Colic is frustrating—for both babies and parents. It can be frightening to see your baby crying for hours at a time, over and over, with no obvious reason. In fact, nearly a third of babies are suspected to have colic. Although researchers have yet to discover the reason for the development of colic, here is a look at how doctors generally diagnose it.
Colic is diagnosed after other potential issues have been ruled out as a reason for excessive crying, such as gastrointestinal upset. Most frequently, doctors will review the history of a baby’s health, as well as perform a physical exam. In that exam, one of the most important things to check for is an intestinal blockage, which can be a common cause of pain.
If everything else seems normal, your doctor may diagnose your baby with colic. In order to diagnose colic, crying must be present for more than three hours a day, three days a week for three weeks or longer.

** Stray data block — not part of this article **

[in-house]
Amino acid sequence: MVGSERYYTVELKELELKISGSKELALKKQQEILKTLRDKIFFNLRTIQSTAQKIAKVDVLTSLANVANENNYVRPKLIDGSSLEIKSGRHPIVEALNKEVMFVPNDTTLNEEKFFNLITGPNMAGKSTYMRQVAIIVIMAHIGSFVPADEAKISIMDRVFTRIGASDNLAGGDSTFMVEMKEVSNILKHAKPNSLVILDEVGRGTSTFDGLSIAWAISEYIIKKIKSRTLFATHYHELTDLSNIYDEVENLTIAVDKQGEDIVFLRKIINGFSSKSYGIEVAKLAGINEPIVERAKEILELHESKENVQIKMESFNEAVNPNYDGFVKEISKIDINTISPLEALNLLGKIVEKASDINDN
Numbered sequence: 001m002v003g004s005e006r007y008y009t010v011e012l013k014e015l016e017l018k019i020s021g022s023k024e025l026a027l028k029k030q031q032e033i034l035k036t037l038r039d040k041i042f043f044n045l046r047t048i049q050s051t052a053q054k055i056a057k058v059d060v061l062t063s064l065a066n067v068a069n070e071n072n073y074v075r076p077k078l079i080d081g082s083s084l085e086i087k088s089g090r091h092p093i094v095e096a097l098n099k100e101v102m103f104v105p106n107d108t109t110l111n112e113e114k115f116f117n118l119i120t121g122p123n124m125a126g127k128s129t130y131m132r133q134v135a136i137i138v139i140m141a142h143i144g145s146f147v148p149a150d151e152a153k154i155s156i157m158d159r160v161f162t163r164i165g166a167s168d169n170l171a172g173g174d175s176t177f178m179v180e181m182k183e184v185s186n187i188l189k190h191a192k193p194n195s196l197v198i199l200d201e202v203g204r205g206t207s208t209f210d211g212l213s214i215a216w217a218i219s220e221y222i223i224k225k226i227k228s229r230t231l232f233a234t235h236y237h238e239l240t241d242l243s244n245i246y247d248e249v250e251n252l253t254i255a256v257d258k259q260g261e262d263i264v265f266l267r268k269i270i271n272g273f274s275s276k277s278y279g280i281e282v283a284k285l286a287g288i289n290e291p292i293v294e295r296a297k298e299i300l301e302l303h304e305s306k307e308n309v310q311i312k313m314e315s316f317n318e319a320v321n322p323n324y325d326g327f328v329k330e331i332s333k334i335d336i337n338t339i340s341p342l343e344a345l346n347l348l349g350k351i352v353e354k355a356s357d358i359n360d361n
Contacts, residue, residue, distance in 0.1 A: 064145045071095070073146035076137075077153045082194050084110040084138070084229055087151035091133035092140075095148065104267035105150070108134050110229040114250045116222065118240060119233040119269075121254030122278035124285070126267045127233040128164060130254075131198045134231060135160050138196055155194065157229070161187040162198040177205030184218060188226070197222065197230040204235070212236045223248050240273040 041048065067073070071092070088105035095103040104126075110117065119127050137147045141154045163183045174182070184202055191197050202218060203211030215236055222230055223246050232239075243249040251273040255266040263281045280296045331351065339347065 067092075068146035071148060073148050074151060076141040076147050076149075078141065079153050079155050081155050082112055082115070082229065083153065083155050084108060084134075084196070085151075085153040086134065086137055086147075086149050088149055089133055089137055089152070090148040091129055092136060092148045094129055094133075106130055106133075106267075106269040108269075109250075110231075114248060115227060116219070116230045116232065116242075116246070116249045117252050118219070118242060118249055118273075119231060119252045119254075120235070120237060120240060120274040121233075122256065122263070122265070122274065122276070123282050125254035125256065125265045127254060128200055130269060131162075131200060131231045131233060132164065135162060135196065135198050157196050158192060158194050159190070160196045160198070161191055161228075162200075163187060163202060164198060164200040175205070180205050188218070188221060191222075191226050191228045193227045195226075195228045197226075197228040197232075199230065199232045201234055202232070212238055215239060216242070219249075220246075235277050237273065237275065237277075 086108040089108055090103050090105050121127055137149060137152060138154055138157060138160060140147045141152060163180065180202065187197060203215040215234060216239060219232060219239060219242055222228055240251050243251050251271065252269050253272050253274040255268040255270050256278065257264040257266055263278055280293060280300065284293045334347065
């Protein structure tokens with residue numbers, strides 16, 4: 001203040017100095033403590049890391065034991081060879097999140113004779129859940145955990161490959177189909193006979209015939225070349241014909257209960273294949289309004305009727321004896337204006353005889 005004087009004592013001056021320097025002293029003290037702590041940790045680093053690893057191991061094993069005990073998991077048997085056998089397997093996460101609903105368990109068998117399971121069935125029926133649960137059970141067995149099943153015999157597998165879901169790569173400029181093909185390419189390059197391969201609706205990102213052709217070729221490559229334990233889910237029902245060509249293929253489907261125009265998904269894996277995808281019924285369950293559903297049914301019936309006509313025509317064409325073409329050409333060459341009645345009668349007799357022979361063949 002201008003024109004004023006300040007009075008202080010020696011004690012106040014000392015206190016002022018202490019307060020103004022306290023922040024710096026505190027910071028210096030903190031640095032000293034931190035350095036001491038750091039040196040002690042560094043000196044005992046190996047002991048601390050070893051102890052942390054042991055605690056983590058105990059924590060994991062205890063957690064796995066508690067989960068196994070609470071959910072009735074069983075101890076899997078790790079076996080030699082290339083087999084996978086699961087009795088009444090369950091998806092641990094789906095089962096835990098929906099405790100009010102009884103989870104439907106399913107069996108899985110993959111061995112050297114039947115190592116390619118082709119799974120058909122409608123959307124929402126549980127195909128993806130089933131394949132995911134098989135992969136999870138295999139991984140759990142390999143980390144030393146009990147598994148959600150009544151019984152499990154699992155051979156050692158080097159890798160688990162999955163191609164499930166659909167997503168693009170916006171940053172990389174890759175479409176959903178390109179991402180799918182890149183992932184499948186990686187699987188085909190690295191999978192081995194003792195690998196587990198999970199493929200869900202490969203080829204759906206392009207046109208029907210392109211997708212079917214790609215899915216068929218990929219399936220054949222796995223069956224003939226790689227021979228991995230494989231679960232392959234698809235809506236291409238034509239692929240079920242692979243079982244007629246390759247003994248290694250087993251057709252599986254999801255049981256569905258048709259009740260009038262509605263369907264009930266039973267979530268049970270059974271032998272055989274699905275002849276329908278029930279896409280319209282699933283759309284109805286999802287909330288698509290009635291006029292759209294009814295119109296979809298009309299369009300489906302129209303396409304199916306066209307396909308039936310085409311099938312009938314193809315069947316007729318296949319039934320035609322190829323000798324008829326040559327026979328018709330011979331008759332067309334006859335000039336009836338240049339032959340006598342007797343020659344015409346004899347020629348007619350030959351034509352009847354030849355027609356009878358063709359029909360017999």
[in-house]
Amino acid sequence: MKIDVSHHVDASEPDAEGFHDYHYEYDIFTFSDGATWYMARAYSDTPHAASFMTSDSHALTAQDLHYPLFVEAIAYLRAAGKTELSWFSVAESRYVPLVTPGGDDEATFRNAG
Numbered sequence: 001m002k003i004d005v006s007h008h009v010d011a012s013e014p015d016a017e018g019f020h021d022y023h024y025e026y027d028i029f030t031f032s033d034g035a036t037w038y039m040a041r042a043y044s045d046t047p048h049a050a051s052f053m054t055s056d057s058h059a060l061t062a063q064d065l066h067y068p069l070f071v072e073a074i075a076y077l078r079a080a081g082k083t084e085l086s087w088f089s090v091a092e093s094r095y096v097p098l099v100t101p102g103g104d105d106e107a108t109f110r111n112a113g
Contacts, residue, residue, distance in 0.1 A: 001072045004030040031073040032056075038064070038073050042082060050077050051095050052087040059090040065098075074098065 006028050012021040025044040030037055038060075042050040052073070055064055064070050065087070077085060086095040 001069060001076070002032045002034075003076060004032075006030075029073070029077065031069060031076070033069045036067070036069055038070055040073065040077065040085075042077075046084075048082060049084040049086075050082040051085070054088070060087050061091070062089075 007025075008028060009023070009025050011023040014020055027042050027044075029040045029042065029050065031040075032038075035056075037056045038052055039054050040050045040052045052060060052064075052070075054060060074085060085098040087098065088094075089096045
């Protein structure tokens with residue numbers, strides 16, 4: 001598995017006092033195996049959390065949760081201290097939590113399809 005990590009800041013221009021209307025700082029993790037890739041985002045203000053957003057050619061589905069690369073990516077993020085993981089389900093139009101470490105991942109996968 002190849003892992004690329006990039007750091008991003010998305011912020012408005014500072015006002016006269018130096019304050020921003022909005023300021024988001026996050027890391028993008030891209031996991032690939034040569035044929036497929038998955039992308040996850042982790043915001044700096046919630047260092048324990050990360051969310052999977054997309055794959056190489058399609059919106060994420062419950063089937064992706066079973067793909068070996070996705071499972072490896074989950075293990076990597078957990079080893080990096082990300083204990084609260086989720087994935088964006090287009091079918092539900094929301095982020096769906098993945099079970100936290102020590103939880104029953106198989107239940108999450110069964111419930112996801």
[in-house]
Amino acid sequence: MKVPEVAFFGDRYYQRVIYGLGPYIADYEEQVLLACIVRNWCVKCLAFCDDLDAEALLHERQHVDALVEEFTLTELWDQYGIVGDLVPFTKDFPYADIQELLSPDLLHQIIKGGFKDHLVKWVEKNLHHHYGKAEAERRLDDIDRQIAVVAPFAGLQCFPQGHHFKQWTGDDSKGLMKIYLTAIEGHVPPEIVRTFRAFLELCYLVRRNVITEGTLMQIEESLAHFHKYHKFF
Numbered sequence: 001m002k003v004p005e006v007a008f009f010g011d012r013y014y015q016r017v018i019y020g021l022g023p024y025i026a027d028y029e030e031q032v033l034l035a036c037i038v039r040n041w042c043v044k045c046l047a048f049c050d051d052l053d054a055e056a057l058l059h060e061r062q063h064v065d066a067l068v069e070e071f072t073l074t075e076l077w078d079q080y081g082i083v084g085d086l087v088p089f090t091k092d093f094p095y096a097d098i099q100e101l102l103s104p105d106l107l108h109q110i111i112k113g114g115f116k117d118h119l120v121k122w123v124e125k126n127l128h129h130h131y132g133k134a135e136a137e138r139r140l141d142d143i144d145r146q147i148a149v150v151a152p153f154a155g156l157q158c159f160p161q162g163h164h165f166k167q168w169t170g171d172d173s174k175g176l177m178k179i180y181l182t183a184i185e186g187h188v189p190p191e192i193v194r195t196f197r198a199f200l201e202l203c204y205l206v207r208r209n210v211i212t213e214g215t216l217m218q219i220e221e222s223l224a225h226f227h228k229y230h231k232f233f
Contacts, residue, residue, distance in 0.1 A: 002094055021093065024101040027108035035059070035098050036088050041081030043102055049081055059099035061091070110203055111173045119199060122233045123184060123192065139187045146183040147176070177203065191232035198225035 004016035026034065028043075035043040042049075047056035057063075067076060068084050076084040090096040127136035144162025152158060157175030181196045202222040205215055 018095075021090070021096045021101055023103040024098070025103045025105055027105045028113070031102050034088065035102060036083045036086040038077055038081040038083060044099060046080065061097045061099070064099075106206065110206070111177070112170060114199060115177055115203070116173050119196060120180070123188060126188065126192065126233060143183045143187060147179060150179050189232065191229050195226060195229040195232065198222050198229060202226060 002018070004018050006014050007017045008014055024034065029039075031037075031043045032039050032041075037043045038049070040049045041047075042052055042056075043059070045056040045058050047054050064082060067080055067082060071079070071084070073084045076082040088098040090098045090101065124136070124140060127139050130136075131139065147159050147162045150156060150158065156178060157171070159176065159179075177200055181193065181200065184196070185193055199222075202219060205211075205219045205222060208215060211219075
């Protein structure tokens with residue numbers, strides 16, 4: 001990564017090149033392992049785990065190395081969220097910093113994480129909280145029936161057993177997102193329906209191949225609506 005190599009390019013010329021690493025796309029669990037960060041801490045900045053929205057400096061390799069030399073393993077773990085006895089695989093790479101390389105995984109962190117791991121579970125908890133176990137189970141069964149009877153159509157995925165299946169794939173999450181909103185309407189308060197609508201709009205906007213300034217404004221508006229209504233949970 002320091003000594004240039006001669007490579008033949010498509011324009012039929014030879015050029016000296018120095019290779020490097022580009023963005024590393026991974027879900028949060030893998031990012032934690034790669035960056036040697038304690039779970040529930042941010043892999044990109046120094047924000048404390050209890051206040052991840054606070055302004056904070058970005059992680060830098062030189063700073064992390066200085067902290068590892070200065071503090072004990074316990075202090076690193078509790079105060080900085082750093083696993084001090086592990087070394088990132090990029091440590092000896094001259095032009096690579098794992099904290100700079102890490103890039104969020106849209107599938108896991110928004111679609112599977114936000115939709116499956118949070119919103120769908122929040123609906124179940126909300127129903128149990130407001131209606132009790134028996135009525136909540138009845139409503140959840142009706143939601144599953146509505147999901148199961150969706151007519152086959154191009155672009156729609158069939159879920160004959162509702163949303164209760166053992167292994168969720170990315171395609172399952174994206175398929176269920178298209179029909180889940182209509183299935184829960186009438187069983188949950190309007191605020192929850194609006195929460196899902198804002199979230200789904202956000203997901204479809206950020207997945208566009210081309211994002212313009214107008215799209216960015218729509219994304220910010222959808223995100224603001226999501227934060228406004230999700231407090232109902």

Thankfully, colic generally begins to lessen around the time your baby reaches three months old. In the meantime, it can be difficult and heartbreaking. Some experts recommend keeping a “colic diary,” in which you detail what seems to instigate crying sessions, how long they last, and how frequently they occur. This can help your doctor correctly diagnose your infant.